By Shrikanth Amruthraj, 18 Jun 2018
Australian Prudential Regulation Authority (APRA) has released a Reporting Practice Guide, RPG 702.0 ABS/RBA Data Quality for the EFS Collection (RPG 702.0), which provides guidance on managing data quality for entities reporting under the economic and financial statistics (EFS) data collection. RPG 702.0 provides benchmarks for identifying reporting errors and mandates all Authorised Deposit-taking Institutions (ADIs) and Registered Financial Corporations (RFCs) that are required to report under the EFS reporting standards to have in place systems, processes and controls to assure the reliability of reported information. The regulated entities are expected to design and implement control throughout the data life-cycle – including, but not limited to, data capture, processing, retention, preparation and submission of reports. The instructions provided in RPG 702.0 are in alignment with the guidance provided under CPG 235, the prudential practice guide for managing data risk.
CPG 235 – Managing Data Risk
CPG 235 defines ‘Data’ as “the representation of facts, figures and ideas”. It defines ‘Data Risk’ as a subset of operational risk encompassing the risk of loss resulting from inadequate or failed internal processes, people and systems or from external events impacting data. Hence, the regulated entities must manage data risk in alignment with their operational risk framework and consider the end-to- end use of data and related control environment. CPG 235 also recommends the assessment and management of data quality as a useful technique for managing data risk. It provides an illustrative list of data quality dimensions and risks to be considered at all stages of data life-cycle. ADIs and RFCs which are required to adhere to RPG 702.0 can adhere to this data risk management framework.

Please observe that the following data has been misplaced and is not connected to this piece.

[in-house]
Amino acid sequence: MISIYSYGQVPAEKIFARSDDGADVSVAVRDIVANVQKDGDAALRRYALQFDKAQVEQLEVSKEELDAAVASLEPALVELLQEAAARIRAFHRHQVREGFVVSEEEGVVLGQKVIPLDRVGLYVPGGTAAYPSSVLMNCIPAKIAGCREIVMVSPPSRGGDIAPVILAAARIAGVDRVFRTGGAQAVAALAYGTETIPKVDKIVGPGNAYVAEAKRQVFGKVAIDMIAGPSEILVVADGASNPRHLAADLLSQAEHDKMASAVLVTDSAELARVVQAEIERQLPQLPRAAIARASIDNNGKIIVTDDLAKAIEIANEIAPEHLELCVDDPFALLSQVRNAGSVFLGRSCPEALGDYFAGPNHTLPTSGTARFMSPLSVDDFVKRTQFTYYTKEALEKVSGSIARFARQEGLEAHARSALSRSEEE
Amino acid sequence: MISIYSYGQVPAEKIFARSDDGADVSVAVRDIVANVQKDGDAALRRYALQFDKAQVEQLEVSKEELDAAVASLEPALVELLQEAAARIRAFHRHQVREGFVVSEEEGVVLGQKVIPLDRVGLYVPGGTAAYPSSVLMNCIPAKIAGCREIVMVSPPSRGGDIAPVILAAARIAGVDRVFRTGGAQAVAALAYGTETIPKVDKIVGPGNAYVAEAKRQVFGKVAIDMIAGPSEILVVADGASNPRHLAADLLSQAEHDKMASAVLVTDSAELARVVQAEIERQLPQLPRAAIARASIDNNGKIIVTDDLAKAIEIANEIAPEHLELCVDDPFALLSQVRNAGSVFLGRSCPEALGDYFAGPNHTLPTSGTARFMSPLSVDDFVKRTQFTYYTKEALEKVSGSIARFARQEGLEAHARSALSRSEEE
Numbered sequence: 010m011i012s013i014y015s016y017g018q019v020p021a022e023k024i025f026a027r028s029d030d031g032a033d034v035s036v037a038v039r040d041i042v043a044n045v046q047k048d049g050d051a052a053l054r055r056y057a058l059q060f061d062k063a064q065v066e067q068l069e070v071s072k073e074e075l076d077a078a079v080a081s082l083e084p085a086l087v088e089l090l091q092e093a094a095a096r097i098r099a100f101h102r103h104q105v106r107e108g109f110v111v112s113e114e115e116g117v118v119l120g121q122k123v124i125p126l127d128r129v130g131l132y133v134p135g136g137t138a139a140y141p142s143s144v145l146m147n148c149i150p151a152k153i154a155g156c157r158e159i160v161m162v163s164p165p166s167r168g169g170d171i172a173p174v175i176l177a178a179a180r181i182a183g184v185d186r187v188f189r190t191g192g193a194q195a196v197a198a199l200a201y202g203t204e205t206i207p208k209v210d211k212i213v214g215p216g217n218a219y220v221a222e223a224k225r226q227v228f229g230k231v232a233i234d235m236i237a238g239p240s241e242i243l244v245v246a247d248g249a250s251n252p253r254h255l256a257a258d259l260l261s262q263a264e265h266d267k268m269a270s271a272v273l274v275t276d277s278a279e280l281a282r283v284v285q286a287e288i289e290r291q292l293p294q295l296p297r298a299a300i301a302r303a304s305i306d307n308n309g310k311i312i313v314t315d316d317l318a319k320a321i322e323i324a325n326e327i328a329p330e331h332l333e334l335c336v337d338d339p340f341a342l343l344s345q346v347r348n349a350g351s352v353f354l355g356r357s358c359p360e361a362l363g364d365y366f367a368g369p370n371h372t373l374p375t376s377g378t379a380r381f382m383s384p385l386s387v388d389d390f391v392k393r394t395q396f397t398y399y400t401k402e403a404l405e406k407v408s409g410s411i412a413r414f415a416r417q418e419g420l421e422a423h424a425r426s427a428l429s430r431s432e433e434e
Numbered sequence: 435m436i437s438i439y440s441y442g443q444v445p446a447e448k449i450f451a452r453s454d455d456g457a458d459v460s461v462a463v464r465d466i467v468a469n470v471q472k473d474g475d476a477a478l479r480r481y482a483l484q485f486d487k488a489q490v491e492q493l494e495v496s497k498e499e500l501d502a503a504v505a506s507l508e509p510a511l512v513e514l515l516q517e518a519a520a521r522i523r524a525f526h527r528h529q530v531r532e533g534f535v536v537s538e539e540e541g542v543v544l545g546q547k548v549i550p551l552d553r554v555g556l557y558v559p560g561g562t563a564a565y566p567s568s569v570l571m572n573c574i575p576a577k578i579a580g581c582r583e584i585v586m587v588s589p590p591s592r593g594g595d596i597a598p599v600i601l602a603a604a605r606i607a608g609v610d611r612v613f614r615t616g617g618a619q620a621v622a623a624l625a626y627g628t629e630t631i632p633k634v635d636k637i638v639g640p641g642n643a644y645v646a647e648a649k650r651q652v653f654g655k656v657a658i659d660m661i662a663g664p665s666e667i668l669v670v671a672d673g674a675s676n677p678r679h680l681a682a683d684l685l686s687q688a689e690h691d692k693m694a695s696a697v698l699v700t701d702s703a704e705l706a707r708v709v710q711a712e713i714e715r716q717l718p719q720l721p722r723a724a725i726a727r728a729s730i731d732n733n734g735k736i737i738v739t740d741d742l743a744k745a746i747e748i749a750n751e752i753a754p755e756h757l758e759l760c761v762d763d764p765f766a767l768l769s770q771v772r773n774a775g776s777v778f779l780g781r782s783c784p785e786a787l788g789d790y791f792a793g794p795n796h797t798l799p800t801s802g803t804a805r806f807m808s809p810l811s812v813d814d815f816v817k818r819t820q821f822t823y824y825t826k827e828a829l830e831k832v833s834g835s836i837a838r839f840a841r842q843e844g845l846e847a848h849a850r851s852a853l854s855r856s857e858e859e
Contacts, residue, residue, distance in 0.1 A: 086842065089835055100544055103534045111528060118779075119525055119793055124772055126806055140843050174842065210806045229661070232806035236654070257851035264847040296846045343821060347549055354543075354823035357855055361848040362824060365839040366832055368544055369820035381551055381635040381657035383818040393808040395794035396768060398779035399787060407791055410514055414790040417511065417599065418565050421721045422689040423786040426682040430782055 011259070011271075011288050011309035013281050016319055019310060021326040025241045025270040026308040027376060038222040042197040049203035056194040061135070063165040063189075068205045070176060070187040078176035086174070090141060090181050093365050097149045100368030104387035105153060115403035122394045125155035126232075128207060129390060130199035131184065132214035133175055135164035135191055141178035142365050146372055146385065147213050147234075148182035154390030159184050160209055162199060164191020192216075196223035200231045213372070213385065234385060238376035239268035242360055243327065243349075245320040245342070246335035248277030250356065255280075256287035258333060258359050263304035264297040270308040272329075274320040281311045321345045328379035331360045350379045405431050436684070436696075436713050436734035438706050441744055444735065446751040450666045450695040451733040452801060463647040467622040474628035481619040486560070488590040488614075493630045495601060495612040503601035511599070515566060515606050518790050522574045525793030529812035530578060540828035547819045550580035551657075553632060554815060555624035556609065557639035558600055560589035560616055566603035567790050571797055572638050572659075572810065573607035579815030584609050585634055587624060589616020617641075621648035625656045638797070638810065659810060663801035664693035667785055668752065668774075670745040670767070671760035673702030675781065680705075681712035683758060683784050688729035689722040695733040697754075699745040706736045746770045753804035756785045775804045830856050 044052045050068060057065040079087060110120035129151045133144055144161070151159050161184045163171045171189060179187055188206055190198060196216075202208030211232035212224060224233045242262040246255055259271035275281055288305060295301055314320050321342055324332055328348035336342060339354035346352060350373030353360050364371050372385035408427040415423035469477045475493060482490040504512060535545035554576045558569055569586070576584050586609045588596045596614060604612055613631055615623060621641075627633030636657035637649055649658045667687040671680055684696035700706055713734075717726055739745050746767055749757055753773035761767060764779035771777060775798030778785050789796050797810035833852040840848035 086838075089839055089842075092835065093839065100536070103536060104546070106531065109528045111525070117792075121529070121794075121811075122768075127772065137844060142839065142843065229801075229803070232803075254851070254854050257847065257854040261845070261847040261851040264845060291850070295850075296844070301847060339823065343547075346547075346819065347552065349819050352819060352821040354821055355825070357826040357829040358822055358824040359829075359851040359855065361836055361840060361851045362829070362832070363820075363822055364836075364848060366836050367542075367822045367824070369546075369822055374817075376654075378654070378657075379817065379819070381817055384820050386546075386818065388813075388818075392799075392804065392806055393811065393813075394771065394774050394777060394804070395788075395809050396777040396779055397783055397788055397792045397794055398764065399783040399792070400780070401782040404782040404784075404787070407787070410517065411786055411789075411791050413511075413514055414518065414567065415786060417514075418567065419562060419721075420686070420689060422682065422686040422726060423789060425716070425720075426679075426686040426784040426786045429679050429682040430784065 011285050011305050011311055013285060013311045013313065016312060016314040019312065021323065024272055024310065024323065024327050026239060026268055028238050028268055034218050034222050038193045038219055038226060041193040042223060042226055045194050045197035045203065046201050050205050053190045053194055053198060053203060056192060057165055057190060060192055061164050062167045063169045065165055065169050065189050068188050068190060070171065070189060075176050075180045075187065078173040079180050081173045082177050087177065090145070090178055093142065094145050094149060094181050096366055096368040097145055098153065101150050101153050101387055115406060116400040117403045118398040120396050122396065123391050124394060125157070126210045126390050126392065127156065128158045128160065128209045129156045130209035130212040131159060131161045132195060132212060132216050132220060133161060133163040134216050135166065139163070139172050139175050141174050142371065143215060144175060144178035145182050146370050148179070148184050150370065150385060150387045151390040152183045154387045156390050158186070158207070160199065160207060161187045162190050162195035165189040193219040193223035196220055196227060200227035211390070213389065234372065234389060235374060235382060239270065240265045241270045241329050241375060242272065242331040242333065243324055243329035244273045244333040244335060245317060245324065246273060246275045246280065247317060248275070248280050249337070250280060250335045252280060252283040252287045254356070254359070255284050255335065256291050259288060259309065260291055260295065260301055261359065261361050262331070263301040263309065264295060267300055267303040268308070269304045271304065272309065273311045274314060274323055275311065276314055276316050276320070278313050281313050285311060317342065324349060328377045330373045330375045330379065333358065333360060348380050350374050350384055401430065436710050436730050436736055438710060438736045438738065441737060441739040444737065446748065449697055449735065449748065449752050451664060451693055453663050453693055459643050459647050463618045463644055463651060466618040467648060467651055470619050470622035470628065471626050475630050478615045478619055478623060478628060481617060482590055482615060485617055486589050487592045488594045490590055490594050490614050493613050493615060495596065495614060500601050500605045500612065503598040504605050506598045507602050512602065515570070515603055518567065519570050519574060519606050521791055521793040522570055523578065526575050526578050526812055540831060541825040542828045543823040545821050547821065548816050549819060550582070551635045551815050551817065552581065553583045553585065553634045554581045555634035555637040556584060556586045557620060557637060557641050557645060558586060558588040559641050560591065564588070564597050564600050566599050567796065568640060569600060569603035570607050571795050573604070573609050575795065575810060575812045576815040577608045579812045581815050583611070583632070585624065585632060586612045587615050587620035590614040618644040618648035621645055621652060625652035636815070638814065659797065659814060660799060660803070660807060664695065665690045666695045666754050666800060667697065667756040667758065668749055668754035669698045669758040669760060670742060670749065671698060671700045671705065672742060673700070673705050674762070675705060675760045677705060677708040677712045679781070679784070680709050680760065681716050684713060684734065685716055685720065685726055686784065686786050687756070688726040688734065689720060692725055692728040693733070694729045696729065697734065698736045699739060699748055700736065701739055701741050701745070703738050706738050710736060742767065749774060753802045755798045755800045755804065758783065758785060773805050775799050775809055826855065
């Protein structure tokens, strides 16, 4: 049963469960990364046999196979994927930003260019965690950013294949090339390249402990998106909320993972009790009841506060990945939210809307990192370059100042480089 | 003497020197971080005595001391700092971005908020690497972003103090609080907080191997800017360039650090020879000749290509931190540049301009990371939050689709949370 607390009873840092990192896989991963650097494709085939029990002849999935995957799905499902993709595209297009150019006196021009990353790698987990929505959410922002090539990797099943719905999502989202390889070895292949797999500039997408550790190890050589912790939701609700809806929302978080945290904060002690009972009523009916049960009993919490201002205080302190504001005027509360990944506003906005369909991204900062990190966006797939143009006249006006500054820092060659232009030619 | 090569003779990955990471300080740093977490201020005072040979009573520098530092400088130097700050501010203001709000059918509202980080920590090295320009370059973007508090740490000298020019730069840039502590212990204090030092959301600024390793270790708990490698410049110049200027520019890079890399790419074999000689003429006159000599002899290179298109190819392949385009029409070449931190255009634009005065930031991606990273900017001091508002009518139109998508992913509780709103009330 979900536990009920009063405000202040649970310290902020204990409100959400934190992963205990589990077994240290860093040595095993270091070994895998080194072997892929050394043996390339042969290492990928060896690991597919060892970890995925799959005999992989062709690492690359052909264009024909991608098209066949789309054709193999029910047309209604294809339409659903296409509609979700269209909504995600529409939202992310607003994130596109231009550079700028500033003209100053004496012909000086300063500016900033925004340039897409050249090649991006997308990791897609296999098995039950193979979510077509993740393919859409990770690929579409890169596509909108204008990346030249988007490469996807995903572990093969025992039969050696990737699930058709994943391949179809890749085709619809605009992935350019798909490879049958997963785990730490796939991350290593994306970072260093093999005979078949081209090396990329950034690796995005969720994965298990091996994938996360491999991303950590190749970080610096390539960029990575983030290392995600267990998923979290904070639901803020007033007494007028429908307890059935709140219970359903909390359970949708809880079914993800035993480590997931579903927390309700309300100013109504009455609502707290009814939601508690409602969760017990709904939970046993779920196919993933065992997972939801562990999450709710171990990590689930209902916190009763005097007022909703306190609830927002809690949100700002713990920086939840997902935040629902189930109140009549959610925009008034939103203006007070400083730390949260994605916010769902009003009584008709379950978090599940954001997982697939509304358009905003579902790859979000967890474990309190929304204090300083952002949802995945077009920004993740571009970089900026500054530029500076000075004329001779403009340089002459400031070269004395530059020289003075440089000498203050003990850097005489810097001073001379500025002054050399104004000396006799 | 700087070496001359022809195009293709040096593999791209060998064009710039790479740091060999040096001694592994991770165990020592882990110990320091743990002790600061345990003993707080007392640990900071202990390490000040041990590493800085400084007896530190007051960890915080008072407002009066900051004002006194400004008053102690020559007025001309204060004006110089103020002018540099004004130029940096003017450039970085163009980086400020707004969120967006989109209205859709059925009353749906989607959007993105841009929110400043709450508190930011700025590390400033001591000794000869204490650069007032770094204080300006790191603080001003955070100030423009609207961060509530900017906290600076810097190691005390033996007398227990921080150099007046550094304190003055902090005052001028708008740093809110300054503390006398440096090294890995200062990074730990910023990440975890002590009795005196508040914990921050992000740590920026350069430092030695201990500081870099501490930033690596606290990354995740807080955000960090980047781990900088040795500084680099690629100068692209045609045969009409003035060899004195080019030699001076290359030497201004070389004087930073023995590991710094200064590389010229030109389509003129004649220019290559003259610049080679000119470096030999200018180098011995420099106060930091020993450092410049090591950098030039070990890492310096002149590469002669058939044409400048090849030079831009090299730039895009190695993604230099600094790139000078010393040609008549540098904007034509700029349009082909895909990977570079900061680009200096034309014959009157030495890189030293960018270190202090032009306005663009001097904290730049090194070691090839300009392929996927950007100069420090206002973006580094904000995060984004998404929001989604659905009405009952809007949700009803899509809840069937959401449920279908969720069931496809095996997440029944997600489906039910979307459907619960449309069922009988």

Exhibit 1: CPG 235 Data Risk Management Framework
RPF 702.0 – Benchmarks for reporting data errors
The Reserve Bank of Australia (RBA) and the Australian Bureau of Statistics (ABS) use the data collected through EFS for formulating policies which affect Australian economy. Hence, RBA, ABS and APRA (collectively referred as agencies) consider it extremely important to ensure the correctness of data collected. The agencies have provided benchmarks which define the magnitude of data errors that they are willing to tolerate for different reported fields across EFS reporting forms. The reported fields have been classified into three groups – Very High, High and Standard, in the decreasing order of priority for data quality. These priorities indicate the importance given to the reported fields by the agencies based on their impact on policy decisions. And predictably, the defined tolerance for errors decrease with increase in priority.
Exhibit 2: Classification of reported fields across priorities
The agencies define a separate set of benchmarks for large institutions – defined as an ADI or an RFC with greater than or equal to A$200 billion in total assets measured on a domestic books basis. The tolerable margins for errors are relatively narrow for large institutions as the absolute values of reported fields by larger institutions are large enough to significantly affect the policy decisions by the agencies. Separate sets of benchmarks are provided for stock, flow and rate data types, with relatively relaxed tolerance levels for flow data type as they exhibit a natural period-to-period volatility. Besides, RPG 702.0 defines benchmarks, both in terms of absolute dollar figures and percentage deviation from the actual values – for reported fields whose values are closer to zero, the agencies check only the absolute dollar figures as the percentage values could be high due to low base effect.
Exhibit 3: Benchmarks for identifying reporting errors for a large institution
Exhibit 4: Benchmarks for identifying reporting errors for entities which are not large institutions
Exhibit 5: Benchmarks for identifying reporting errors in ‘rate’ data types for large institutions
Exhibit 6: Benchmarks for identifying reporting errors for ‘rate’ data types for entities which are not large institutions
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